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California races to get ahead of another bad fire season

California races to get ahead of another bad fire season

SACRAMENTO — Gov. Gavin NewsomGavin NewsomNewsom proposes transitional kindergarten for all 4-year-olds in California Grenell still interested in California recall bid Records show Jenner voted in 2020, even though she says she didn't: report MORE (D) on Tuesday signed a $536 billion funding plan to speed fire prevention projects across the state, part of an effort to mitigate the potential effects of another devastating season that could come just weeks before a recall election.

Newsom’s budget includes $1 billion in new funds to promote forest health and community resilience. And he has authorized hiring almost 1,400 new firefighters for the state’s top fire management agency, a new commitment necessary to what lawmakers and experts say is the state’s new reality.

“Fire season is all year round,” said state Senate President Pro Tem Toni Atkins (D), whose San Diego-area district was ravaged by fires in 2003 and 2007. “We have to make up for lost time and certainly how drastic things seem to be moving in the direction that’s making it harder for California.”

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California officials are making preparations to avert the kind of incendiary destruction that has plagued it in recent years, from the verdant forests in the north to the arid deserts around San Diego; the seven largest fires in California’s recorded history have all taken place since 2017.

A massive lightning storm and high winds sparked thousands of wildfires in the Sierra Nevada mountains last year, draping a blanket of smoke over California’s capital city so thick that some residents could not see neighboring houses just down the street.

The unprecedented conflagration overwhelmed state firefighters. Five separate fires in August and September burned a combined 2.6 million acres, destroyed thousands of buildings and claimed almost two dozen lives.

The 2020 fire season was a reminder of just how many different ways there are for California to burn. In recent years, dry weather has sparked blazes in parched mountain forests. Wet weather led to the growth of highly flammable grasslands, which later ignited in the hills around Los Angeles, San Diego and the San Francisco suburbs.

Now, after another parched winter in which snowpack fell well below average, California wildfire experts are preparing for another complex season of incineration.

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“Everyone’s bracing for another severe fire season because we’re in this ongoing drought. It’s been really dry here in California,” said Lenya Quinn-Davidson, a fire adviser at the University of California and director of the Northern California Prescribed Fire Council.

Experts say winning the fight against wildfires is going to take a wholesale change in attitude from a century of learned practices. U.S. policy toward forest management has for decades focused on fire suppression, which leads to a build-up of fuels on the forest floor — and, eventually, to larger fires that spin out of control.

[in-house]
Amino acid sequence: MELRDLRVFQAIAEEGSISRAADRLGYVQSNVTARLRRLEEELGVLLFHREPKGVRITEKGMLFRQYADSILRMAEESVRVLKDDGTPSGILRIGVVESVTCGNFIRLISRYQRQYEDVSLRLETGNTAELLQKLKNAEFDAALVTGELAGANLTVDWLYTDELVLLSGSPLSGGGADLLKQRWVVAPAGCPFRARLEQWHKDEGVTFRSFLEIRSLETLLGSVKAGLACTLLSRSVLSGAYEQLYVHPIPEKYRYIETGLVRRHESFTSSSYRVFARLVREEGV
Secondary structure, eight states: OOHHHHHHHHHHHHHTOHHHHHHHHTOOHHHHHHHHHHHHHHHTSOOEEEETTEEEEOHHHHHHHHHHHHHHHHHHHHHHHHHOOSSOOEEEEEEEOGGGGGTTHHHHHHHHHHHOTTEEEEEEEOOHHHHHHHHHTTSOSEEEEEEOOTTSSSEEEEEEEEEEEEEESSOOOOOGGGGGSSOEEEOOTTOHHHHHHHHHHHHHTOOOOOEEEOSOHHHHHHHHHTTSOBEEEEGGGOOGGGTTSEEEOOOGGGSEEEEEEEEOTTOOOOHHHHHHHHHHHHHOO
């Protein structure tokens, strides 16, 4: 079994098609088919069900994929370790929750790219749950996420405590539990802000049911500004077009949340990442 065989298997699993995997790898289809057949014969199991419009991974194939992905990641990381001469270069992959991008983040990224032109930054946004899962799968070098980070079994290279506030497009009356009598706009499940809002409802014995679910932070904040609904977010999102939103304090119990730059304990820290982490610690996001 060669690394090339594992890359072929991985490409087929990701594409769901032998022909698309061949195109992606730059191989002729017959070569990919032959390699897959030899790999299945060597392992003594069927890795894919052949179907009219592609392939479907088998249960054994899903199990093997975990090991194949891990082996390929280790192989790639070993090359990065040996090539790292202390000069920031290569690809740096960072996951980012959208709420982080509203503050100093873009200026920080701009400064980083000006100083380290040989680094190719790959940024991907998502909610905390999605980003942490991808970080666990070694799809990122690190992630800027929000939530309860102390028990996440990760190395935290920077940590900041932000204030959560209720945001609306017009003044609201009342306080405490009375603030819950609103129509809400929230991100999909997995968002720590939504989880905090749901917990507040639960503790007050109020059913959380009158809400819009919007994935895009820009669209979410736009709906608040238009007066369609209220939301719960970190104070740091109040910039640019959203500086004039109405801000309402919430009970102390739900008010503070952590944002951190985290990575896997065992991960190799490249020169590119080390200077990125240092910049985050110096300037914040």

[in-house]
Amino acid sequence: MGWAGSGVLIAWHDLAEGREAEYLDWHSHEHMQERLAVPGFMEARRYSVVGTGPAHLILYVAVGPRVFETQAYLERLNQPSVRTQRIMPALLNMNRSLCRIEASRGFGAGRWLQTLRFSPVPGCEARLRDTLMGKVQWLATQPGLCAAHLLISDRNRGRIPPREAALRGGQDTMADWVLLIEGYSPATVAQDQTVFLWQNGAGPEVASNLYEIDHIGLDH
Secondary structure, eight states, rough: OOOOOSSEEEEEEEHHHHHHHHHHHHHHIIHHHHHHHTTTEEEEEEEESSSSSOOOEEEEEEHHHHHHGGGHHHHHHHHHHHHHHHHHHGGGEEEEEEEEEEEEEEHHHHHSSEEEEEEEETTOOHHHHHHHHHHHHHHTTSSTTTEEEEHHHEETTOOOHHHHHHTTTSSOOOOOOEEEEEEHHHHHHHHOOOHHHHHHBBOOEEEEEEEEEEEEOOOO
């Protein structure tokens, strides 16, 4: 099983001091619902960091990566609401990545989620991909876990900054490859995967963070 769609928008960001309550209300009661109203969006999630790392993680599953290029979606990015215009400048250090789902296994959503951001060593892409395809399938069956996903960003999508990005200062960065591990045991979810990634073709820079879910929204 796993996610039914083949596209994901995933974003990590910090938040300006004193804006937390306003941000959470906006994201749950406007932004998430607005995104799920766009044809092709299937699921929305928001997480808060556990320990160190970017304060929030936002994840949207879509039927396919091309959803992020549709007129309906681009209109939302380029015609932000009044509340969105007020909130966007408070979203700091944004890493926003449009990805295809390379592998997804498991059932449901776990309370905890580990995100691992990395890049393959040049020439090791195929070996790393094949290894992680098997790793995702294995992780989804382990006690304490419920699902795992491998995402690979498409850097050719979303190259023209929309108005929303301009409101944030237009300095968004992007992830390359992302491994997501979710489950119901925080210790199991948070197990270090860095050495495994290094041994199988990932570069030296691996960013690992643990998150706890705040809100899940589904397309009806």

“We have 100 years of legacy in this state and we have a lot of federal land over which the state does not have a lot of power. So it has to be a coupled effort between the feds and the state to address the accumulated brush and understory growth,” said Stephanie Pincetl, director of the California Center for Sustainable Communities at UCLA.

Pincetl contrasted the American approach with a more hands-off attitude on Mexico’s Baja Peninsula, where regular fires go unchecked. There are more frequent conflagrations in Mexico, but those fires are less destructive.

“When there are naturally ignited fires, it burns at low intensities in 10 to 15 to 20 year cycles, so they’re not devastated,” Pincetl said. “Fire is an implicit part of the ecosystem, and if you suppress it, you fail to get regeneration.”

Fire experts say a shift in the way the federal government handles wildfires is just as essential to mitigating the worst outcomes. The federal government aids in hardening communities and homes from other disasters like earthquakes and hurricanes, treatment it does not give to wildfires that are just as inevitable.

“We’ve gone from a perspective societally from thinking about fire prevention to a phase of fire adaptation. How can we view fires the way we view hurricanes and earthquakes, knowing that they’re always going to happen,” Quinn-Davidson said. “Fire’s not going away.”

For California, this year’s early investments in forest management are expected to pay dividends down the line. Budget estimates show every dollar spent on mitigation or fuel cleanup or community resiliency saves $6 to $7 in firefighting and recovery costs, Atkins said.

“We just know that for every dollar we spend on prevention we’re going to save money,” Atkins said.

This year, the lack of snowfall over the winter has some experts worried about another dry season ahead. But they said the situation could change if spring rains soak the state and spur new growth of underbrush and grasslands, which could become their own threat.

“The actual timing of the rain and the warmth of the soil when it’s getting that surge of water can really dictate how things grow,” Quinn-Davidson said. “Because we’ve had so little rain, things are kind of stunted in their growth right now. We’ll see what happens in May.”